At Toyota, giving back is embedded in the company’s DNA. Since its dealers are an extension of the company’s core values, it’s only natural that they’re working to help the communities in which they serve during these challenging, unprecedented times.
To help pitch in amid the COVID-19 pandemic, many dealers are reaching out to those who need it most. From extending internet service to executing significant, hands-on needs in their communities, dealers from around the country are working to help and support people and businesses affected by the crisis.
For example, as with districts across the country, schools in the Greensboro, North Carolina, community are currently closed. With the shift to online learning, Rice Toyota is offering free Wi-Fi to ensure students can successfully continue their schoolwork. Families can park anywhere in the parking lot to gain access to the extended internet service to help their children complete assignments and stay in touch with their schools.
Rice is just one of several dealers doing their part to help during the COVID-19 crisis. Here are more examples of the nationwide response from Toyota’s dealer family:
- Sand Mountain Toyota (Albertville, Alabama) started giving out lunches on March 18 and the initiative will run through May 8. The school system will take over on May 11. As of May 1, the dealership has given out 8,216 hamburgers and hot dogs and 500 Chick-fil-A chicken sandwiches.
- Beaver Toyota of St. Augustine (St. Augustine, Florida) is offering free interior vehicle disinfecting services to the local sheriff’s department, as well as free oil changes to first responders, medical professionals and school personnel.
- High Country Toyota (Scottsboro, Alabama) installed bird feeders in the courtyard at Cloverdale Manors, a local rehabilitation and nursing center, so that anyone under lockdown will have something nice to look at outside their windows.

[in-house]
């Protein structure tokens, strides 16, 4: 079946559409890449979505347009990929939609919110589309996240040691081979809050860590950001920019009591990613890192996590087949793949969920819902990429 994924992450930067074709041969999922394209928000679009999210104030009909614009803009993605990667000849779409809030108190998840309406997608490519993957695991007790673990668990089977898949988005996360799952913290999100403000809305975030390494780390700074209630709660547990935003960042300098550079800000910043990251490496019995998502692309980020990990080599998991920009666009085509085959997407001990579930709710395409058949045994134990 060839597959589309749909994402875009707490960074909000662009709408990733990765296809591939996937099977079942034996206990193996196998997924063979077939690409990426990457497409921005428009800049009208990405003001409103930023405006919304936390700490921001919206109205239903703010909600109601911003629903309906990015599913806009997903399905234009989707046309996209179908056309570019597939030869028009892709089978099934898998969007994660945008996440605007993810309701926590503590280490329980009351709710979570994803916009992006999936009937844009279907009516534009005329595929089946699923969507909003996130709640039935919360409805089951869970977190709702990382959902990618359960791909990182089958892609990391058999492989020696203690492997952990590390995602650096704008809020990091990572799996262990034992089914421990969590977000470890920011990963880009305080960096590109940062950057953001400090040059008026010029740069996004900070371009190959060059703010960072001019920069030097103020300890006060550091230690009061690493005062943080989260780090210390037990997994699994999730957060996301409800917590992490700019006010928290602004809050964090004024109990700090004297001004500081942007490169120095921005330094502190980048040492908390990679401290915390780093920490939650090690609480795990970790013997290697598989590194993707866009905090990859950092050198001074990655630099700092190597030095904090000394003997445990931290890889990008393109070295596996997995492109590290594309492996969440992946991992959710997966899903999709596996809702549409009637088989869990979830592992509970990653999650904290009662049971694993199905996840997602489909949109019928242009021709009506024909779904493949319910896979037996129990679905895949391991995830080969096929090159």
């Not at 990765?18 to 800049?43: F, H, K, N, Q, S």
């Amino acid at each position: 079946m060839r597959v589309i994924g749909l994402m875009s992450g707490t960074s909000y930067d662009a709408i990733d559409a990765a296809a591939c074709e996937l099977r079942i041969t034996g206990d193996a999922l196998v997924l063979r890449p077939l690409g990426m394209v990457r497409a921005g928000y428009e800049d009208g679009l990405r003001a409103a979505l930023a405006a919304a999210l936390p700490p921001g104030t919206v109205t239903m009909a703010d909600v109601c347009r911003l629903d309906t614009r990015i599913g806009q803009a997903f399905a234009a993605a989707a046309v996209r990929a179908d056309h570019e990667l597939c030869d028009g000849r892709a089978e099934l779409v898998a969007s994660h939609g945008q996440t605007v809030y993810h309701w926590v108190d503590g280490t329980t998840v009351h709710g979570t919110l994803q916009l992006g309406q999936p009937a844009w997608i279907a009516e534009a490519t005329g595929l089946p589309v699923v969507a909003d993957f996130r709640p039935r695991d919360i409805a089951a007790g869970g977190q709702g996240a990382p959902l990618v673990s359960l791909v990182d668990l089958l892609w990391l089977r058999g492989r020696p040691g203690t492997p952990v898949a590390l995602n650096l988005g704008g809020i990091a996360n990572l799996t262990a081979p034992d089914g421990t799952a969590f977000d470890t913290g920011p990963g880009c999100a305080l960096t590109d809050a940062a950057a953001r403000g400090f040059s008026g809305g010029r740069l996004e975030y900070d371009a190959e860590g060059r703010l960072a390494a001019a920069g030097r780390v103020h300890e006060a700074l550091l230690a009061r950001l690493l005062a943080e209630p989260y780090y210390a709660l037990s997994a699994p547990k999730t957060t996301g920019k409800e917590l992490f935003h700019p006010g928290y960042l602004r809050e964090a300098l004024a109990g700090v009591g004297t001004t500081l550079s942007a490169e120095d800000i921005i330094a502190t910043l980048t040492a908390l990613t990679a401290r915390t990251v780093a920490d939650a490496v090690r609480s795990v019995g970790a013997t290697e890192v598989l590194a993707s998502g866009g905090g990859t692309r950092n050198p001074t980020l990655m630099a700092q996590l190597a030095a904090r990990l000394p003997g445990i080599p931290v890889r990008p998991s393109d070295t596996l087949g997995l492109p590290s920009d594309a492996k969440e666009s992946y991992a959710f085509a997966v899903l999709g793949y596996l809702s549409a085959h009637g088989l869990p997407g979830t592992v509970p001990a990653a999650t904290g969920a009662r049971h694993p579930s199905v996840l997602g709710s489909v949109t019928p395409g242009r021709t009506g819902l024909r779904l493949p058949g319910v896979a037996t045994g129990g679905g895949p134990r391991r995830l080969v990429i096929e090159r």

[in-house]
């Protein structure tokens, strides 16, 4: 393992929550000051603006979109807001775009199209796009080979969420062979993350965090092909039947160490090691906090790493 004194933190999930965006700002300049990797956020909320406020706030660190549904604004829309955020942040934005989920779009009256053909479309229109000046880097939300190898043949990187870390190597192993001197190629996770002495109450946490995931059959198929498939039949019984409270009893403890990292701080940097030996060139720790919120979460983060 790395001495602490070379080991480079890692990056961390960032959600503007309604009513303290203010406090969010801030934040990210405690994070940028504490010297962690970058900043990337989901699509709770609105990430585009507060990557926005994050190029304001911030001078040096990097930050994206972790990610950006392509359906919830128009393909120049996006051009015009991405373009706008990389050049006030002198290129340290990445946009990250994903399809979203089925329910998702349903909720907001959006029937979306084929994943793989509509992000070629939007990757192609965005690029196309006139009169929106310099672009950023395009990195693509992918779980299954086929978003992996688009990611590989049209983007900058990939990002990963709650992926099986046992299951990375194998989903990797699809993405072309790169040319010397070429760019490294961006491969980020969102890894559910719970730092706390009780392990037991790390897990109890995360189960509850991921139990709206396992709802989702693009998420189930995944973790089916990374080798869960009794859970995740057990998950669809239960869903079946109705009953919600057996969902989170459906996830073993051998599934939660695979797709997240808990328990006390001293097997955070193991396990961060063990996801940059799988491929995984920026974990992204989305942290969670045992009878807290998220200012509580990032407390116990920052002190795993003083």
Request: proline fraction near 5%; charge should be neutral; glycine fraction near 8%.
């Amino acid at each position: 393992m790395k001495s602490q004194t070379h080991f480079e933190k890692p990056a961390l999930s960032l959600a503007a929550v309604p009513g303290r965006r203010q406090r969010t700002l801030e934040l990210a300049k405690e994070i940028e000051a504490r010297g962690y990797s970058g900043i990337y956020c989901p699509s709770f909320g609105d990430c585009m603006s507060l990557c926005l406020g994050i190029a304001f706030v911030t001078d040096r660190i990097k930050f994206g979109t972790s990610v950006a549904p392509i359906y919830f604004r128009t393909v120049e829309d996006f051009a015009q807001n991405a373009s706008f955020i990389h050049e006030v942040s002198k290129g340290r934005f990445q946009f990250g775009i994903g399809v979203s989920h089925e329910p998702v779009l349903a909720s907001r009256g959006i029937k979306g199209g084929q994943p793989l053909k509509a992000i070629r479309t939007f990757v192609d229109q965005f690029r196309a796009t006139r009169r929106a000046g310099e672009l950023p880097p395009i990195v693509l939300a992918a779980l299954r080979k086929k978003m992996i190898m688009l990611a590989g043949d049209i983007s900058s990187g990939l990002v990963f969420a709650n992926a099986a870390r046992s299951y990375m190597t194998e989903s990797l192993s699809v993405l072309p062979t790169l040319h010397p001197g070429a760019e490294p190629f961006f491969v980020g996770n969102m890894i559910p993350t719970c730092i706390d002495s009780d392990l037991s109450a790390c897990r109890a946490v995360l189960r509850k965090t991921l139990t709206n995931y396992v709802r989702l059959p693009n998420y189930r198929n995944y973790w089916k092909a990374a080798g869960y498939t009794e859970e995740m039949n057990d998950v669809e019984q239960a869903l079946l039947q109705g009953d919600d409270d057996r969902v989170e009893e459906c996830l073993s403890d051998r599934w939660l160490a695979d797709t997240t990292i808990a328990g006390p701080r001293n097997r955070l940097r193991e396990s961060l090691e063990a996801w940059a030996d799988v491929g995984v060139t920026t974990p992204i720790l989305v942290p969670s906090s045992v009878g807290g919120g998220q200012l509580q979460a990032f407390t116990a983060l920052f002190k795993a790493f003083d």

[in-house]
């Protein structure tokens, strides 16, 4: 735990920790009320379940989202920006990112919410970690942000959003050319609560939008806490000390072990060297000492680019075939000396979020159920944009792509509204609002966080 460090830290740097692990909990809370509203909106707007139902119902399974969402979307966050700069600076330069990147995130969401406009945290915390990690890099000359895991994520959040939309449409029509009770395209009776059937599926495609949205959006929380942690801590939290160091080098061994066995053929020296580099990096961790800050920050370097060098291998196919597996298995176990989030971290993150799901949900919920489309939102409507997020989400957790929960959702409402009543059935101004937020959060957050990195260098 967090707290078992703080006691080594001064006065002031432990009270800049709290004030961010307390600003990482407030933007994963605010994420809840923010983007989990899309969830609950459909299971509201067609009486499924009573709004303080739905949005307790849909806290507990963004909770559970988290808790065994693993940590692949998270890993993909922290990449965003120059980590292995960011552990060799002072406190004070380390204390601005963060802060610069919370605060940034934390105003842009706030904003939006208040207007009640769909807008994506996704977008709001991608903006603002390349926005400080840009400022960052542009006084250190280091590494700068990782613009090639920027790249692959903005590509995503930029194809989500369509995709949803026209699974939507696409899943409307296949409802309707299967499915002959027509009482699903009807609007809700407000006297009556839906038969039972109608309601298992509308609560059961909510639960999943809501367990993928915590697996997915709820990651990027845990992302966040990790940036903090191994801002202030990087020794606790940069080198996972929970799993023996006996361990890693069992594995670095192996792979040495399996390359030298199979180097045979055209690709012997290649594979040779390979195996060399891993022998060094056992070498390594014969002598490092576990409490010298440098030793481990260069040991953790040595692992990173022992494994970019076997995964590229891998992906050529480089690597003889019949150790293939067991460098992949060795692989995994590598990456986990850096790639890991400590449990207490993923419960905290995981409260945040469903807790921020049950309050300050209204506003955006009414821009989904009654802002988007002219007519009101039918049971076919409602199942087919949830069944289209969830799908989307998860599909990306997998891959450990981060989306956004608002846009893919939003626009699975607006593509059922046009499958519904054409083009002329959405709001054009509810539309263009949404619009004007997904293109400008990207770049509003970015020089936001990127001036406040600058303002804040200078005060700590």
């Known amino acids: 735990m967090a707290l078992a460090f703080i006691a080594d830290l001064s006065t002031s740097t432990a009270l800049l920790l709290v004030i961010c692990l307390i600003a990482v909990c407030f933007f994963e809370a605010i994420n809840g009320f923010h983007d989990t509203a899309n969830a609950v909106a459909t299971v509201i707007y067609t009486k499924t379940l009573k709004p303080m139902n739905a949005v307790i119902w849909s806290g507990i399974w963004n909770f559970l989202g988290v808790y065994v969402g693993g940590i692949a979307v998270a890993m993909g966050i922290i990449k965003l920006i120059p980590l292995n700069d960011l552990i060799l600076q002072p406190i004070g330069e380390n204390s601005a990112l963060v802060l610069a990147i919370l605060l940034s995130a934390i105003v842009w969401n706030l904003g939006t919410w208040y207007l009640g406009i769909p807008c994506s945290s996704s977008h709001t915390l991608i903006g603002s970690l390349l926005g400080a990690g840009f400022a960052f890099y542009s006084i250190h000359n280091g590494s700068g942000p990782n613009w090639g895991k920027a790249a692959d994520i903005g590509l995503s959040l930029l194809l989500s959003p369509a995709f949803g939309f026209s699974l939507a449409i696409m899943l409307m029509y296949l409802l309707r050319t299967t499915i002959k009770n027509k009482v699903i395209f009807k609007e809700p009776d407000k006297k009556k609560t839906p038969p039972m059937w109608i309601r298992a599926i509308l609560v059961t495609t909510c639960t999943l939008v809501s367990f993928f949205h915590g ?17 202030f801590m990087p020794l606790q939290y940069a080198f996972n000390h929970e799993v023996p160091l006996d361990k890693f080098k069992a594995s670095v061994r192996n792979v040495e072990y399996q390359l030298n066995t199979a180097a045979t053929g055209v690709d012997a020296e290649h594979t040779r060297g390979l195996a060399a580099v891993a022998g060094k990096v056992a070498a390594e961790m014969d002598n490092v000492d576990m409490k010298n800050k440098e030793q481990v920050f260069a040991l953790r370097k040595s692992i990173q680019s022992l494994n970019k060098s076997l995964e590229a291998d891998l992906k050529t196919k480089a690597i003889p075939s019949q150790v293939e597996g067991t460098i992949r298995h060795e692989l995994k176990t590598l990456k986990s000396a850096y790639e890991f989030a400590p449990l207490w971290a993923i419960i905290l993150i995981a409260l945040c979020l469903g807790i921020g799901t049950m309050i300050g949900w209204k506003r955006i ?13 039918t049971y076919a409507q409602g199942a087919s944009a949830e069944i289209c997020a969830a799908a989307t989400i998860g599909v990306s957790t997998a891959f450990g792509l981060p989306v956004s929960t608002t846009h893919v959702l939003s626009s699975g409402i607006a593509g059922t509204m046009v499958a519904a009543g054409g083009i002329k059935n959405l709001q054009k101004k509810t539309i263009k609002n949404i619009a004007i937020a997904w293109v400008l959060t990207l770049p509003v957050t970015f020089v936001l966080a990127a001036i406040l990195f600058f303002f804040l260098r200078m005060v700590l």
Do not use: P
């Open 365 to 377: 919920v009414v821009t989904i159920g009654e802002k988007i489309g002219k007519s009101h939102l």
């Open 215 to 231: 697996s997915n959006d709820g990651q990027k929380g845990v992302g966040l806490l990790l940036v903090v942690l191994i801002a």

- Larry H. Miller Dealerships in Utah offered a complimentary concierge vehicle pickup and drop-off service for customers with service appointments. The service was implemented to help customers whose health might be at risk and those who are providing critical services.
- Toyota of Lincoln Park and Toyota of Lincolnwood (Chicago, Illinois) is offering a free oil change during shelter at home orders, along with pick-up and drop-off service, within five miles of the dealerships to all first responders, health care workers and law enforcement. The dealership also partnered with the Greater Chicago Food Depository and are matching all donations up to $30,000 through May 31. The donations can be made through any of the dealerships’ websites, as well as through the Depository’s website.
- Dahl Toyota (Winona, Minnesota) created a $50,000 One Team Fund, available to employees who are struggling financially at this time.
- Estabrook Toyota (Moss Point, Mississippi) delivered “Backpack Buddy” lunches to kids who are out of school due to the COVID-19 pandemic.
- Kinsel Toyota (Beaumont, Texas) is offering free grocery delivery for anyone age 65 or up. Customers just place an order at a local grocery store, then call the dealership. Grocery orders are dropped at the customer’s door, free of charge.
- Vandergriff Toyota (Arlington, Texas) is sanitizing for free all city vehicles (police, fire, handicap and parks dept). In addition, they are offering free oil changes, plus car sanitation for first responders regardless of municipality. The oil changes are only $9.95 for anyone else.
- Toyota of New Orleans (New Orleans, Louisiana) is providing free meals to anyone in need, no questions asked, through the Giving Hope Foundation.
- Greg LeBlanc Toyota (Houma, Louisiana) installed “Stay Safe!” billboards across the community at the start of the crisis.
- Along with their food service vendor, Sodexo Magic, Toyota Motor Manufacturing, Mississippi (TMMMS), donated 150 prepackaged meals and fresh produce to the Tupelo-Lee Hunger Coalition in Tupelo, Mississippi, and the Union County Baptist Association (UCBA) in New Albany. With these additional meals and resources, both the Hunger Coalition and the UCBA will be able to feed local children who have been affected by school closings due to COVID-19.
Originally published May 8, 2020